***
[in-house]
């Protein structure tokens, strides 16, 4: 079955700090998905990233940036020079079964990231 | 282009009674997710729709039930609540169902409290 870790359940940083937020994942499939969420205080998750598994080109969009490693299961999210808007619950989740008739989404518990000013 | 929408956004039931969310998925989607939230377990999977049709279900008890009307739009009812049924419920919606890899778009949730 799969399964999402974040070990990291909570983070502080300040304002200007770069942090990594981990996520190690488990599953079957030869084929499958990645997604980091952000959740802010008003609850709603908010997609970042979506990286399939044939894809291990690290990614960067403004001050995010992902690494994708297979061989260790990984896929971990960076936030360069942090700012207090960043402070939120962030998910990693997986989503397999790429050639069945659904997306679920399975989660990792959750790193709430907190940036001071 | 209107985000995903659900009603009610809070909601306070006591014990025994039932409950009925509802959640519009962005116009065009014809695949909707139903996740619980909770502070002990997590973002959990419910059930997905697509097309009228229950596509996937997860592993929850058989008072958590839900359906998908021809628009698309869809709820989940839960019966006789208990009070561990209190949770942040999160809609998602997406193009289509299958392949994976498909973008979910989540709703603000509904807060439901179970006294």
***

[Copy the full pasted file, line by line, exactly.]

[in-house]
């Protein structure tokens, strides 16, 4: 079955700090998905990233940036020079079964990231 | 282009009674997710729709039930609540169902409290 870790359940940083937020994942499939969420205080998750598994080109969009490693299961999210808007619950989740008739989404518990000013 | 929408956004039931969310998925989607939230377990999977049709279900008890009307739009009812049924419920919606890899778009949730 799969399964999402974040070990990291909570983070502080300040304002200007770069942090990594981990996520190690488990599953079957030869084929499958990645997604980091952000959740802010008003609850709603908010997609970042979506990286399939044939894809291990690290990614960067403004001050995010992902690494994708297979061989260790990984896929971990960076936030360069942090700012207090960043402070939120962030998910990693997986989503397999790429050639069945659904997306679920399975989660990792959750790193709430907190940036001071 | 209107985000995903659900009603009610809070909601306070006591014990025994039932409950009925509802959640519009962005116009065009014809695949909707139903996740619980909770502070002990997590973002959990419910059930997905697509097309009228229950596509996937997860592993929850058989008072958590839900359906998908021809628009698309869809709820989940839960019966006789208990009070561990209190949770942040999160809609998602997406193009289509299958392949994976498909973008979910989540709703603000509904807060439901179970006294």